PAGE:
NEW YORK TIMES BESTSELLER • The first comprehensive account of the epoch-making Six-Day War, from the author of Ally—now featuring a fiftieth-anniversary retrospective
Though it lasted for only six tense days in June, the 1967 Arab-Israeli war never really ended. Every crisis that has ripped through this region in the ensuing decades, from the Yom Kippur War of 1973 to the ongoing intifada, is a direct consequence of those six days of fighting.
Writing with a novelist’s command of narrative and a historian’s grasp of fact and motive, Michael B. Oren reconstructs both the lightning-fast action on the battlefields and the political shocks that electrified the world. Extraordinary personalities—Moshe Dayan and Gamal Abdul Nasser, Lyndon Johnson and Alexei Kosygin—rose and toppled from power as a result of this war; borders were redrawn; daring strategies brilliantly succeeded or disastrously failed in a matter of hours. And the balance of power changed—in the Middle East and in the world. A towering work of history and an enthralling human narrative, Six Days of War is the most important book on the Middle East conflict to appear in a generation.
Praise for Six Days of War
“Powerful . . . A highly readable, even gripping account of the 1967 conflict . . . [Oren] has woven a seamless narrative out of a staggering variety of diplomatic and military strands.”—The New York Times
“With a remarkably assured style, Oren elucidates nearly every aspect of the conflict. . . . Oren’s [book] will remain the authoritative chronicle of the war. His achievement as a writer and a historian is awesome.”—The Atlantic Monthly
“This is not only the best book so far written on the six-day war, it is likely to remain the best.”—The Washington Post Book World
“Phenomenal . . . breathtaking history . . . a profoundly talented writer. . . .
This book is not only one of the best books on this critical episode in Middle East history; it’s one of the best-written books I’ve read this year, in any genre.”—The Jerusalem Post
“[In] Michael Oren’s richly detailed and lucid account, the familiar story is thrilling once again. . . . What makes this book important is the breadth and depth of the research.”—The New York Times Book Review
“A first-rate new account of the conflict.”—The Washington Post
“The definitive history of the Six-Day War . . . [Oren’s] narrative is precise but written with great literary flair. In no one else’s study is there more understanding or more surprise.”—Martin Peretz, Publisher, The New Republic
“Compelling, perhaps even vital, reading.”—San Jose Mercury News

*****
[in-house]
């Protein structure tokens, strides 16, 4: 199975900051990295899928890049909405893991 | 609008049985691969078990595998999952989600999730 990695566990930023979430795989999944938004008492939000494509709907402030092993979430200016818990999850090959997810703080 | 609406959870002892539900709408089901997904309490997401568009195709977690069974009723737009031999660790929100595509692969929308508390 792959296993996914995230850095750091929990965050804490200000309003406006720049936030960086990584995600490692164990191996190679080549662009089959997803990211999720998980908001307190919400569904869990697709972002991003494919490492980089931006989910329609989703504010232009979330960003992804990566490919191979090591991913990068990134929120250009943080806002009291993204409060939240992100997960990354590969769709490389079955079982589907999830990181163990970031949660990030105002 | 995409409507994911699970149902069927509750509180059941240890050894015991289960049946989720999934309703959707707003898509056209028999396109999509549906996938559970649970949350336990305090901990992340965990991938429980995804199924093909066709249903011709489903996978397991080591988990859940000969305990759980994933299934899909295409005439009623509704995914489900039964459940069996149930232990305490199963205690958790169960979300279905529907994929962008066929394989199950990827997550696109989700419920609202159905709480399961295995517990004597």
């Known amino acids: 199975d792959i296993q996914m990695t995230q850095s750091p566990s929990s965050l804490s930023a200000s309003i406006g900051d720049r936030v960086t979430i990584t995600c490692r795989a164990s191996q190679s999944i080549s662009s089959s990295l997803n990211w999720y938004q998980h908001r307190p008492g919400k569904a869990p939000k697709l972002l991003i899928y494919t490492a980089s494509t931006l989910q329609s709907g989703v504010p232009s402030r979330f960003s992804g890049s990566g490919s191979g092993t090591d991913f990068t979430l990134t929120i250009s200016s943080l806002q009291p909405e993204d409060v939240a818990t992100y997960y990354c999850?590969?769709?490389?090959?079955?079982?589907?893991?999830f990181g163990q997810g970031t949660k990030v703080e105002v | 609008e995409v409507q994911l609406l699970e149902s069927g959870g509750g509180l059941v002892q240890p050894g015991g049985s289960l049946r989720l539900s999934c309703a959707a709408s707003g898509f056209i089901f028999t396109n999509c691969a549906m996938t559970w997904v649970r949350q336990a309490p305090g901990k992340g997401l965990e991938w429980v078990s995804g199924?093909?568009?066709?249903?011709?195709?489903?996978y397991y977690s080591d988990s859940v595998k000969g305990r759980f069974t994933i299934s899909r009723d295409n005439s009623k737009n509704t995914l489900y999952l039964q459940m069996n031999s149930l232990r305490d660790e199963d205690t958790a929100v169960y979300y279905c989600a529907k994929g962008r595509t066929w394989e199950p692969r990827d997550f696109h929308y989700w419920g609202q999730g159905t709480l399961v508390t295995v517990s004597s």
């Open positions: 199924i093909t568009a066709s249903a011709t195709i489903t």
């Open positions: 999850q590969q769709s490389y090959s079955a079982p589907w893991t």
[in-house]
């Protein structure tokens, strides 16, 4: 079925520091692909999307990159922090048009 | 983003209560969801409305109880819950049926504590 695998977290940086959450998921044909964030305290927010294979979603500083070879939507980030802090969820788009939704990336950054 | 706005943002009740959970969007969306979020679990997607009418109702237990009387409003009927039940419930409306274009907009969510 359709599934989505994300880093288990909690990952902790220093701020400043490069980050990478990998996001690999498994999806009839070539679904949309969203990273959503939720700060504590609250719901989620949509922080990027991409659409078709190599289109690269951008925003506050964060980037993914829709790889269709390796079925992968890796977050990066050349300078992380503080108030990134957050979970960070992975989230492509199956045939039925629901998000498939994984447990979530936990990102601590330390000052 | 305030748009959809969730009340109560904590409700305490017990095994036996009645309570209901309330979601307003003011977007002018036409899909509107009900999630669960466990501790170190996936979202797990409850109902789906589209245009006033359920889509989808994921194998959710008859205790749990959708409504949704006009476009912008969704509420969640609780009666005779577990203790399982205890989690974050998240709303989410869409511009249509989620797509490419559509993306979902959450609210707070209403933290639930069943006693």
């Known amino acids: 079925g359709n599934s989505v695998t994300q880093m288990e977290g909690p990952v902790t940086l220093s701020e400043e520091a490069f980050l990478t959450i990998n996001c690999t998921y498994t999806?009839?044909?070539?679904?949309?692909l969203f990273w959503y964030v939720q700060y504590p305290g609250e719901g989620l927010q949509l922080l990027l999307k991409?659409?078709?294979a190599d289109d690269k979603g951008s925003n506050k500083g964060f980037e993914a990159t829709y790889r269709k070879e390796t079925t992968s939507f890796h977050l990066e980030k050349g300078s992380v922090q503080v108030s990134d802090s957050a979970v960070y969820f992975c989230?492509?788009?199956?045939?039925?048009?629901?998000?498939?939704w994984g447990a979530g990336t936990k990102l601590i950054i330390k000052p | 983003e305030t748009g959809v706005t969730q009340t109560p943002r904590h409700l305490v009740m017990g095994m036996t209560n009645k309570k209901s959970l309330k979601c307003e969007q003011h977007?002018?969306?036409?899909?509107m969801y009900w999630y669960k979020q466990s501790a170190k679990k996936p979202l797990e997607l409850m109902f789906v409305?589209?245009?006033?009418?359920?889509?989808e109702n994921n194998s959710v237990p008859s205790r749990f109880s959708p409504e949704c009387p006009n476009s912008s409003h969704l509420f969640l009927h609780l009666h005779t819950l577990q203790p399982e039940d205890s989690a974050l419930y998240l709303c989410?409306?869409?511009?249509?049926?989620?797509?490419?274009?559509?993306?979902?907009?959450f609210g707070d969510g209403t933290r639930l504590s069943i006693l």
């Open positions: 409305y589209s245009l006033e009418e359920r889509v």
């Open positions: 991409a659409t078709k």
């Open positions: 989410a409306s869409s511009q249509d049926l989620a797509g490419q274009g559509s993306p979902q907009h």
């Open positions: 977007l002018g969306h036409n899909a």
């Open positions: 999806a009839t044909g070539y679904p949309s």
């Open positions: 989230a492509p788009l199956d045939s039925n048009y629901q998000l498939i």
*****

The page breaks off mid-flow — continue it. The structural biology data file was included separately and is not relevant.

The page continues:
This is the most complete history to date of the Six Day War of 1967, in which Israel entered and began its occupation of the West Bank and Gaza Strip. While no account can be definitive until Arab archives open, Oren, a Princeton-trained senior fellow at Jerusalem's Shalem Center who has served as director of Israel's department of inter-religious affairs and as an adviser to Israel's U.N. delegation, utilizes newly available archival sources and a spectrum of interviews with participants, including many Arabs, to fill gaps and correct misconceptions.Further, Six Days of Waris an attack on "post-Zionism": the school of politics and history that casts Israel as the author of policies that intentionally promote the destuction of Palestine as a separate entity and of Palestinians as a people, not least through the occupation that began with the 1967 War. By contrast, Oren convincingly establishes in an often engrossing narrative the reactive, contingent nature of Israeli policy during both the crisis preceding the conflict and the war itself. As Prime Minister Levi Eshkol held the Israeli Defense Forces in check that May, Operation Dawn, an Egyptian plan for a preemptive strike against Israel, came within hours of implementation. It was canceled only because Egypt's President Gamal Abdel Nasser feared it had been compromised. Israel's decision to seek its own security in arms was finally triggered, Oren shows, by Jordan's late accession to the hostile coalition dominated by Egypt and Syria. Geographically, the West Bank, then under Jordanian rule and occupation, cut Israel nearly in half. The military risk to Israel was unacceptable, Oren makes clear, in the context of a U.S. enmeshed in Vietnam and a West unwilling to act even in support of the status quo. Far from being a product of strategic calculation, Oren further argues, occupation of the West Bank and the Gaza Strip was also contingent: the consequence of a victory so rapid and one-sided that even Israel's generals found it difficult to believe it was happening. Israel, having proved it could not be defeated militarily and now possessing something to trade, hoped for comprehensive peace negotiations in a rational-actor model. Oren notes that some initiatives for peace did in fact develop. He seems, however, trying to convince himself along with his readers. Oren puts what he sees as Israel's enduring weaknesses in relief: not arrogance, but self-doubt, self-analysis and self-criticism, all carried to near-suicidal degrees in 1967. Arab policy, by contrast, featured a confident commitment to erasing Israel from the map. The Six Day War shook that confidence, he finds, but did not alter the commitment. About the nature of Israeli policy since the war, the book says little, but finds that "for all its military conquests, Israel was still incapable of imposing the peace it craved."